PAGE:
Bringing the Americas Together Through Landscape

 

Lawren Harris, Grounded Icebergs (Disco Bay) [c.1931], oil on canvas, 80 x 101.6 cm. Art Gallery of Ontario, Toronto, Canada, Gift from the Estate of R. Fraser Elliott, 2005, © 2015 Estate of Lawren S. Harris

This summer, as Canada welcomed the Pan Am and Parapan Games, the Art Gallery of Ontario (AGO) has been inviting visitors to experience the Americas through an exhibition of landscape paintings.

Picturing the Americas: Landscape Painting from Tierra del Fuego to the Arctic features 118 works by artists from 14 countries. Each work depicts the landscape as captured in paint by explorers and artists. Spanning more than 100 years, the paintings depict everything from the Canadian North to peaks of Patagonia.

Tarsila do Amaral, Postcard (1929), oil on canvas, 127.5 x 142.5 cm. Private Collection, Rio de Janeiro. Photo Credit: Romulo Fialdini

“This exhibition looks at how these artists were connected by what motivated them to paint,” says Georgiana Uhlyarik, Associate Curator of Canadian Art at the AGO. “At the same time, they remain distinct in the unique styles they used to capture regional vistas. Tarsila do Amaral, for example, may not be very well known in Canada, but she is considered the leading modernist artist in Brazil. Known simply by her first name, she has iconic national status. When she was painting, she had the same kind of ambition as Lawren Harris: wanting to paint her homeland.”

The National Gallery of Canada has lent Kakabeka Falls, Kamanistiquia River (1882) by Lucius O’Brien. Produced in studio from sketches O’Brien made around the Great Lakes, it was the last oil painting he would exhibit for more than a decade, having switched to watercolour in the early 1880s. O’Brien’s image of the falls — along with works by other artists capturing the natural world from Argentina, Mexico, Brazil, the United States, Uruguay, Venezuela and other countries — informed much of what settlers to these newly formed nations expected to see.

Lucius R. O’Brien, Kakabeka Falls, Kamanistiquia River (1882), oil on canvas, 83.9 x 121.7 cm. Purchased 1935. National Gallery of Canada, Ottawa. Photo © National Gallery of Canada

“These artists pictured very calm scenes of rich, fertile land, promoting new settlement,” says Uhlyarik, “even though some of these paintings would have been painted at the height of intense conflict, war, and forced and violent displacement of Indigenous populations. Picturing the Americas seeks to challenge the notion that the landscape is something in the background of an image, or little more than a backdrop for a bigger story.”

Although landscape painting has often been taken for granted as simply beautiful or decorative, Uhlyarik maintains that such works “are part of that whole ideology of claiming and occupying territory, and continue to speak to a colonial attitude. Visitors will be able to look at these works and consider how these images have shaped the way we think about land.”

One of the artists she cites is Pedro Figari, a Uruguayan artist who focused on the pampas that cover parts of Uruguay and Argentina. Colts on the pampa (c. 1930) shows his love of this unique lowland environment, which has generated powerful literature while also defining daily life and cultural identity — much as the Prairies do in Canada.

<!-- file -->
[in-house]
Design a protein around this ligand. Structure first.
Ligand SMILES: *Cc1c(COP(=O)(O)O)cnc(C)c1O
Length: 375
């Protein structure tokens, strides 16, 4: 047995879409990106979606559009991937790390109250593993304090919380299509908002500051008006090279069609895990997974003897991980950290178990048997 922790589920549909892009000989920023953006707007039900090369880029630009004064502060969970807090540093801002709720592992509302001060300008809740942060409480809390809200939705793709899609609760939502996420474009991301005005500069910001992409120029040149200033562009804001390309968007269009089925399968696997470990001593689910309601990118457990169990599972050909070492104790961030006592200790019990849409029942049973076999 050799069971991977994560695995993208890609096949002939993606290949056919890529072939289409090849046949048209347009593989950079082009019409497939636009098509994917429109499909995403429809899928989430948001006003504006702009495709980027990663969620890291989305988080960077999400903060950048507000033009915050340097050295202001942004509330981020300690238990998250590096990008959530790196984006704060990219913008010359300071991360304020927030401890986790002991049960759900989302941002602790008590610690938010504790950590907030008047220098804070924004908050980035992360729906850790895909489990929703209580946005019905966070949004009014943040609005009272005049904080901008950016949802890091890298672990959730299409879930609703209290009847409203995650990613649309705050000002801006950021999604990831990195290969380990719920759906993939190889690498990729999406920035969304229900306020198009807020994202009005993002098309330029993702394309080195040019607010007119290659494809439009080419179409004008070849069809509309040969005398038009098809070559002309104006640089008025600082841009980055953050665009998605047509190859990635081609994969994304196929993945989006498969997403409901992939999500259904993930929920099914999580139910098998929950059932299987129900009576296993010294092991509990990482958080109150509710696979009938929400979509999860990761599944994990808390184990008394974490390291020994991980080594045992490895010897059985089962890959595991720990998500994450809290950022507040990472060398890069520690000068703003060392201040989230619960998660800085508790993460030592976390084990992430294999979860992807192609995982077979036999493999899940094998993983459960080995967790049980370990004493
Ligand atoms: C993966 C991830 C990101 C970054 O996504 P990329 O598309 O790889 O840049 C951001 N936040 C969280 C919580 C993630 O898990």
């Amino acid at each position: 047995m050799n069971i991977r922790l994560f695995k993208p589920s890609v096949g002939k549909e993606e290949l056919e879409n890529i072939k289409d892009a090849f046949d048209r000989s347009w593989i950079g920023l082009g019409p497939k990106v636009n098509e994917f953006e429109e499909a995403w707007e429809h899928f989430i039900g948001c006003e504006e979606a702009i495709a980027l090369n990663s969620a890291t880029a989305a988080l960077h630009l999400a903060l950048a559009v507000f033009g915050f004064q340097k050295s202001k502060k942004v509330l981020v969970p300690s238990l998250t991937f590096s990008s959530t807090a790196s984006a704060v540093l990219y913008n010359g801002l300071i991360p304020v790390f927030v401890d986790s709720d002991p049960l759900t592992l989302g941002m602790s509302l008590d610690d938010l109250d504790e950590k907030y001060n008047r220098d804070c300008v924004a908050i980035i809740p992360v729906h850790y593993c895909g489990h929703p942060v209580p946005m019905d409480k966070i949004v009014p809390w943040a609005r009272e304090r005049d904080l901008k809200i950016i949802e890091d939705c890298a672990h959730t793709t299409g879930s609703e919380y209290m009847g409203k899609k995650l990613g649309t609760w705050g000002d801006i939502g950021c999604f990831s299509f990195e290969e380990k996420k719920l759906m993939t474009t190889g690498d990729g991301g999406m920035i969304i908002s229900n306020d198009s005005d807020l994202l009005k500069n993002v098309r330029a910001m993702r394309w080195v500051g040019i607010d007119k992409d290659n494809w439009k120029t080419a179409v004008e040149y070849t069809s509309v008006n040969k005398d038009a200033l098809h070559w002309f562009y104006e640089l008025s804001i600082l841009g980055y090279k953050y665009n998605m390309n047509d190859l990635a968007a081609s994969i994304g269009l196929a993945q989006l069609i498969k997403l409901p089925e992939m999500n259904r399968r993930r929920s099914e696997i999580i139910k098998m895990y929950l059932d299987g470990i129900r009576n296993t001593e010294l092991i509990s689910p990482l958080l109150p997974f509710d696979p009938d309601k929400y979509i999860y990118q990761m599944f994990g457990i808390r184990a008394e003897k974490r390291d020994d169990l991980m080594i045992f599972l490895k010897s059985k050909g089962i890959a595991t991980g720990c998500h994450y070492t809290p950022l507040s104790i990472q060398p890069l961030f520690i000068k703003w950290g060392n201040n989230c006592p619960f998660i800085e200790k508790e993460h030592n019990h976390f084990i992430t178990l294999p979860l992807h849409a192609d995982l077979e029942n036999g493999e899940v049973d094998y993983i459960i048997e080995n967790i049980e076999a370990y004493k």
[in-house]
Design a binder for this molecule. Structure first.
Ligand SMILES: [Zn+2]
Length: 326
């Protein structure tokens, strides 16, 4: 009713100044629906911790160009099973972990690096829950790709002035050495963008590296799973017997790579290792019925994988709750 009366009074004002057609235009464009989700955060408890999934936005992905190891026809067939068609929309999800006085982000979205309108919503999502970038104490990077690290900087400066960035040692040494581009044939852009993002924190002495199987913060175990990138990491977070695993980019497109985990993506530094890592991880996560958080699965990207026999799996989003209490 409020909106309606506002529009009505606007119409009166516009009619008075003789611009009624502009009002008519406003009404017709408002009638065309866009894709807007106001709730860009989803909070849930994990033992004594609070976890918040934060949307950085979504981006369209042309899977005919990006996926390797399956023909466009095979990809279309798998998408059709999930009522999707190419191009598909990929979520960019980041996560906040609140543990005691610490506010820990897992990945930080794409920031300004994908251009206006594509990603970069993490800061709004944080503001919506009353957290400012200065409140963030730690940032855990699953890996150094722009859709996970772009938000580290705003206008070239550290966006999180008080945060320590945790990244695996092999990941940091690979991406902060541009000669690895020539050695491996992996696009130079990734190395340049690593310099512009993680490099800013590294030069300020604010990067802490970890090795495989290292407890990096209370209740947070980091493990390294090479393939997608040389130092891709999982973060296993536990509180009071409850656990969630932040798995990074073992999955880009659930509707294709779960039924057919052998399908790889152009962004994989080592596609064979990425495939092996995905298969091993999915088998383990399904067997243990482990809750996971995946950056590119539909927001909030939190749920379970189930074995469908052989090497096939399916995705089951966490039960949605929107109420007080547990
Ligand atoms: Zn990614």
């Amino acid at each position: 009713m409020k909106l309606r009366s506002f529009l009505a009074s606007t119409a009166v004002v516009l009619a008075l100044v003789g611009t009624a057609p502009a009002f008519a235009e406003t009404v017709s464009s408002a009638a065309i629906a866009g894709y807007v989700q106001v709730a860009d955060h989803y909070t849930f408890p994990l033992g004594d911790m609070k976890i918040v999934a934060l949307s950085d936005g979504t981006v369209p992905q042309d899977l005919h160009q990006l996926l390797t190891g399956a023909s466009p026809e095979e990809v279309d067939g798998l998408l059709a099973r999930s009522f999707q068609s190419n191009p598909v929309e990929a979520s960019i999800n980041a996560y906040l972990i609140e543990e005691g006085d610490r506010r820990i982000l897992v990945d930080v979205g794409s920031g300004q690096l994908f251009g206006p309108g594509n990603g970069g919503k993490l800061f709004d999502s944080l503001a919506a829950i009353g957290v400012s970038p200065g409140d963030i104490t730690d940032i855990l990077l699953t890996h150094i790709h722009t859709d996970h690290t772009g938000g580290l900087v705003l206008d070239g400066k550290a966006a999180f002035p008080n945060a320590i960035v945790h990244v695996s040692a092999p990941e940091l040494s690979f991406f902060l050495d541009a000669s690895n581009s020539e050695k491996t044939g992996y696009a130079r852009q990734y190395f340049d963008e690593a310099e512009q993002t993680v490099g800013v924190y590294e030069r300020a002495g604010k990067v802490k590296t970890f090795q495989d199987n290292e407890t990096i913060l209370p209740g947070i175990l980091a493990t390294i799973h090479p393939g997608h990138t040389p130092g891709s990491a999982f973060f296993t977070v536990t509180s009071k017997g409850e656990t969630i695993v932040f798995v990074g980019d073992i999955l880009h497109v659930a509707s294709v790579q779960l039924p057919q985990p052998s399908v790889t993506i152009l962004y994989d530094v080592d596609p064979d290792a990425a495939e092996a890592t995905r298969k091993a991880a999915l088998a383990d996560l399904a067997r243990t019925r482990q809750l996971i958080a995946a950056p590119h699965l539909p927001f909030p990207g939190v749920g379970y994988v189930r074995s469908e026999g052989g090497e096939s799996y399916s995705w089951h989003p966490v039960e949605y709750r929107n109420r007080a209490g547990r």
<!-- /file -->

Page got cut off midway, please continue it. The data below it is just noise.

Pedro Figari, Colts on the pampa (c. 1930), oil on cardboard, 61.8 x 81.1 cm. Collection of Museo de Arte Latinoamericanos de Buenos Aires, Costantini Foundation, Buenos Aires

“What Figari does,” says Uhlyarik, “is create these images that are recognizable as the pampas, but at the same time have universal meaning. He does this in the same way that Harris treats the North, despite their styles being vastly different. When we look at Harris’ work we see it as very specifically the Arctic or the Rockies. Yet both artists are seeking to capture what they considered to be the true spiritual flow that informs the Americas.”

Twenty of the 85 artists featured in Picturing the Americas are Canadian. In addition to iconic Canadian artists such as Emily Carr, Mary Hiester Reid, and Harris — all of whom have works in the National Gallery collection — visitors will be treated to works by artists that include Frederic E. Church, Grant Wood, Joaquín Torres Garcia, and Georgia O’Keeffe.


Georgia O’Keefe, Black Mesa Landscape, New Mexico/Out Back of Marie’s II (1930), oil on canvas mounted on board, 61.6 x 92.1 cm. Georgia O’Keeffe Museum, Santa Fe, United States, Gift of the Burnett Foundation, © ARS, NY. Malcom Varon, 2001. Georgia O’Keeffe Museum, Santa Fe/Art Resources, NY

This first-ever pan-American landscape exhibition gives visitors a keen sense of the natural world on both continents, while also showing the similarities and differences that inform the work of their respective artists. “Every nation has painters that people feel represent their country, their landscape, and identity,” says Uhlyarik. “This exhibition is about bringing together the leading artists of the period, who helped define the attachment we developed with the lands in the Americas.”

Co-organized with the Pinacoteca do Estado de São Paulo, and supported by the Terra Foundation for American Art, Picturing the Americas: Landscape Painting from Tierra del Fuego to the Arctic will be on view at the Art Gallery of Ontario until September 20, 2015, after which it will go on tour.

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